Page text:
Stefan Jacoby

Monday, June 16, 2008

Position: Chief executive and president, Volkswagen Group of America, which recently relocated its corporate headquarters to Herndon.

Career Highlights: Executive vice president, marketing and sales, Volkswagen AG; president and chief executive, Mitsubishi Motors, Europe; executive vice president, Asia-Pacific region, Volkswagen AG; secretary general, Volkswagen AG; and head of controlling, Volkswagen Audi Nippon, Japan.

Age: 50

Education: MBA, University of Cologne.

Personal: Lives in the District with wife, Roberta Bantel.

How did you get to where you are?

I have been lucky in that I have worked for some of the most brilliant people in this industry -- excellent engineers, smart businesspeople and true leaders. I learned from the tremendous opportunities these individuals provided me throughout my career. This is especially true with the global assignments, which taught me a great deal about how to work across cultural differences.

One of the most instructive and exhausting posts I had was as secretary general for Volkswagen AG. I learned more in those years than at any other time in my career, specifically about the importance of hard work, of speaking your mind and not being afraid to execute change. Ferdinand Piƫch, chairman of Volkwagen Group at that time, and my boss, was a role model for these ideas. He is an engineering genius who has the ability to use the smallest of technical details to develop an entire business case.

My career experiences have also told me that a company is only as good as its people, and its people are only as good as the leadership is willing to let them be. It's important to give people room to think big. I've also learned that thinking big and executing an aggressive strategy does not come without the potential for mistakes along the way.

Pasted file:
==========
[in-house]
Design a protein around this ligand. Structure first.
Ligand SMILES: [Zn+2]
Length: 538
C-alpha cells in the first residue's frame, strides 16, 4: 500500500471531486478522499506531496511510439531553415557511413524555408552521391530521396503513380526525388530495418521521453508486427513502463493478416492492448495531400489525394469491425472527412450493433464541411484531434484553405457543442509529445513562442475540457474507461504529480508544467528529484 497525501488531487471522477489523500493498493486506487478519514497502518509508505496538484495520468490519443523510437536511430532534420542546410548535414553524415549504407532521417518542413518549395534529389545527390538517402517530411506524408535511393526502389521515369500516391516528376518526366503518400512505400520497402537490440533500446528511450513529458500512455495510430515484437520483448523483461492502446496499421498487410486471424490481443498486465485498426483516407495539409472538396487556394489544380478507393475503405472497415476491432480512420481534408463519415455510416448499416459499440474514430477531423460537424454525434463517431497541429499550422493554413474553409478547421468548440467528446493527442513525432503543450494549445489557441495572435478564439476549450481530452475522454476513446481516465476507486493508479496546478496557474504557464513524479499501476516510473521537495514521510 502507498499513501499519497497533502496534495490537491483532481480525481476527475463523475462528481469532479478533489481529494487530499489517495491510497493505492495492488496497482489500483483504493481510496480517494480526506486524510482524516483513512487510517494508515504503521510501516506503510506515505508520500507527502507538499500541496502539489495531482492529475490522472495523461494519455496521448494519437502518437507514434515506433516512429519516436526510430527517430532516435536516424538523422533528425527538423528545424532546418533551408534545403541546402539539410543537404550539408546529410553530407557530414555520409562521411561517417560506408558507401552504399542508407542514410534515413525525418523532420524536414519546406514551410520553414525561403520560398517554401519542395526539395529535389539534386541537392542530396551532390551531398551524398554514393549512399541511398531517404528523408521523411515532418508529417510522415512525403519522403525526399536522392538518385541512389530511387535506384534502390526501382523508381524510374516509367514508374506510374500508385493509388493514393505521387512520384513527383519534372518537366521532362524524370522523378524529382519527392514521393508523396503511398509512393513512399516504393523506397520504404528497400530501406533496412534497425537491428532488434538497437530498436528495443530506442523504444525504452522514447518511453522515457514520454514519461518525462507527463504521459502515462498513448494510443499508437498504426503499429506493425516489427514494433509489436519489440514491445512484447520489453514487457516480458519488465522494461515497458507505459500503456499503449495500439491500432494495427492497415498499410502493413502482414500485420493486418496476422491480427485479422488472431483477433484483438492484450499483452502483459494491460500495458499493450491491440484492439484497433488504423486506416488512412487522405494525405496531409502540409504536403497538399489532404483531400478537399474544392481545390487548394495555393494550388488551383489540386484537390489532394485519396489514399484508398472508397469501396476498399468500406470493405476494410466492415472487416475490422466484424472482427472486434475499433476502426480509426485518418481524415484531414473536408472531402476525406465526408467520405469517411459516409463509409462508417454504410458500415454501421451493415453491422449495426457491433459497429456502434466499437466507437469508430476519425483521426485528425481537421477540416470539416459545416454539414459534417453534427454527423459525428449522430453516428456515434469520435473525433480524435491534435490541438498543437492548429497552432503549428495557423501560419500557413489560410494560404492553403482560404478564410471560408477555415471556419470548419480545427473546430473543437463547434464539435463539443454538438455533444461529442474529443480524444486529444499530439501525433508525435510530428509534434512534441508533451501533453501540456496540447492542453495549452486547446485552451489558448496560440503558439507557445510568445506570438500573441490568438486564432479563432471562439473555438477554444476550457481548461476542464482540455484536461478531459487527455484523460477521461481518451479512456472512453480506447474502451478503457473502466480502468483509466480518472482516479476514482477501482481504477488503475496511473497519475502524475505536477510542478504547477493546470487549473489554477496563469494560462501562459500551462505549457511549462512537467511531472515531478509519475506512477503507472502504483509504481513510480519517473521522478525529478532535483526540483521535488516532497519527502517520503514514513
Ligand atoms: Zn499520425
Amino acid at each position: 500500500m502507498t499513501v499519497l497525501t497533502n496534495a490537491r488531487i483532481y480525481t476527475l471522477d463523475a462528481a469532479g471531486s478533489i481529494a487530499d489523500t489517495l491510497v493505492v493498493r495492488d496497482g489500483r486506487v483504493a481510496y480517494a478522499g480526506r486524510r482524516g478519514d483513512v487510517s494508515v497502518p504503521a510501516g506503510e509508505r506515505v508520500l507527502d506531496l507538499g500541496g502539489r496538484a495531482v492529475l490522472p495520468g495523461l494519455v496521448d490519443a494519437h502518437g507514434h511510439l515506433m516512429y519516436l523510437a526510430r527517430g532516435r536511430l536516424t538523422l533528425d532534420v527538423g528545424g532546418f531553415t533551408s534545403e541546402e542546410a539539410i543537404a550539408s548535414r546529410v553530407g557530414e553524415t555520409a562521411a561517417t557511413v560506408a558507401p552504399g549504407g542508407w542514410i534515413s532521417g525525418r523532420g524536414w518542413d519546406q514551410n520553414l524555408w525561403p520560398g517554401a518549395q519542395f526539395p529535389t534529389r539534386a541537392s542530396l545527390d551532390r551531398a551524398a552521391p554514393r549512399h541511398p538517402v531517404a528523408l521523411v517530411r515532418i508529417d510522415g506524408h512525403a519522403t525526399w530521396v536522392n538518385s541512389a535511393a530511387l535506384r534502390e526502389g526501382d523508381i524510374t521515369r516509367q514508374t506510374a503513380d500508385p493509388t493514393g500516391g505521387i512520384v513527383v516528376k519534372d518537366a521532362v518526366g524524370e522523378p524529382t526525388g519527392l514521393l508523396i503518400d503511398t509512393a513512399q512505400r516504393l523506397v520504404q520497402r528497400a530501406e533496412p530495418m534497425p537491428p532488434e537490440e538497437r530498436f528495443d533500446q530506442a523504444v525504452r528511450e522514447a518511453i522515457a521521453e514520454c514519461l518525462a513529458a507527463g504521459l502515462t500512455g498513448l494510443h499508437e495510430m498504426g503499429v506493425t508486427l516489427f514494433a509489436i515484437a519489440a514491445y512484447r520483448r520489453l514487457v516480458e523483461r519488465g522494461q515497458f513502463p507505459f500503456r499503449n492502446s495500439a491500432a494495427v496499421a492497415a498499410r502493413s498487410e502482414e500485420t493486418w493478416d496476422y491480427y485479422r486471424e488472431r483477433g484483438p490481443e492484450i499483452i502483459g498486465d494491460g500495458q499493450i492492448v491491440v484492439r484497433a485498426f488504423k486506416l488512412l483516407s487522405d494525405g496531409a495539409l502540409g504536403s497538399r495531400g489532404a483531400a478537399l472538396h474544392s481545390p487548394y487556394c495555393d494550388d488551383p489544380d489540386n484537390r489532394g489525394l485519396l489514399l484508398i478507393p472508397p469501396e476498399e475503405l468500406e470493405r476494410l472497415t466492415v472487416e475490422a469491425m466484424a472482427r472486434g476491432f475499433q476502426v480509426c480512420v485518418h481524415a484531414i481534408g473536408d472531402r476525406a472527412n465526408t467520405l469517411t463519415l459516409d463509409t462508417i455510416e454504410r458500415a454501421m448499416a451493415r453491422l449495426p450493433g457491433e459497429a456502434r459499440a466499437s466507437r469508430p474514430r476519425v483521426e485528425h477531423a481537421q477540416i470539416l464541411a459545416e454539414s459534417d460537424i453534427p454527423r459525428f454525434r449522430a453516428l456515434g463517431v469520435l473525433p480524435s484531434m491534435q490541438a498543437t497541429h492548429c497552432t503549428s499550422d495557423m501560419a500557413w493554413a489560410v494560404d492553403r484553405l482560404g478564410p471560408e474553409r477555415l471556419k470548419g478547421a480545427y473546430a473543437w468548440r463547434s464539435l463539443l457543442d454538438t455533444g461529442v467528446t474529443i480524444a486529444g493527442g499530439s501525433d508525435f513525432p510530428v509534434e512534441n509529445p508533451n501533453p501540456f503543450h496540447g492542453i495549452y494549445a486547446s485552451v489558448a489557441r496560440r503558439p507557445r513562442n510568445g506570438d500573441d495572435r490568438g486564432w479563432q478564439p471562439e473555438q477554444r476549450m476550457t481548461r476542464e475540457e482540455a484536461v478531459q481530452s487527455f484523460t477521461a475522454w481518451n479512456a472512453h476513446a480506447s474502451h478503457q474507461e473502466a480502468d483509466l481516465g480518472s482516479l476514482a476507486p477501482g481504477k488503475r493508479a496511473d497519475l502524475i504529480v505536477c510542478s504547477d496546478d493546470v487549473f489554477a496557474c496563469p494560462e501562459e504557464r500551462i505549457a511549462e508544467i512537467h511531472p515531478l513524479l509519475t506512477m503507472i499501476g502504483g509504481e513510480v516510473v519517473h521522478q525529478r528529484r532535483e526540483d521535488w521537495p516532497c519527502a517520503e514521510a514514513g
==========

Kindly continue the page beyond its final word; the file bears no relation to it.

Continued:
I am an athlete at heart and have always been inspired by the challenge of climbing Mount Everest. On a trip there recently, I was reassured to remember that most climbers do not reach the top the first time. It sometimes takes three, four or even more tries. That is something we have faced at the Volkswagen Group in the U.S. While the company has grown exponentially around the globe, we have lagged behind in the U.S. I think it is fair to say that we have looked at the failures of the past, learned from them, and are positioned to grow here in America. Part of our learning was that we needed to do a better job of listening.

I mentioned earlier that my global posts have been instructive in learning about working with different cultures. While I was in Asia, I was setting up business in China, Thailand and Japan. Those negotiations taught me the importance of patience (something I'm not always good at) and of silence. A person can learn a lot more from listening than from talking, and when it comes to business deals in Asia, the first person who talks is often the least likely to benefit from the final deal. I have worked for a German company in Asia and an Asian company in Europe. This has given me an interesting perspective on culture and taught me the importance of authenticity. Authenticity coupled with respect is accepted around the globe, and is a good business practice.

In the automobile business, this is very important because car driving is very unique to a country and its people. Here in America, a car is not just a something that gets you from point A to point B. Particularly in Washington, with the long commutes, people spend a lot of time in their vehicles, which can almost seem to be mobile offices.

This is not as much the case in Germany, so it's important that we listen and understand this and build a car that suits American driving needs, while staying authentic and true to our brands.

-- Judith Mbuya

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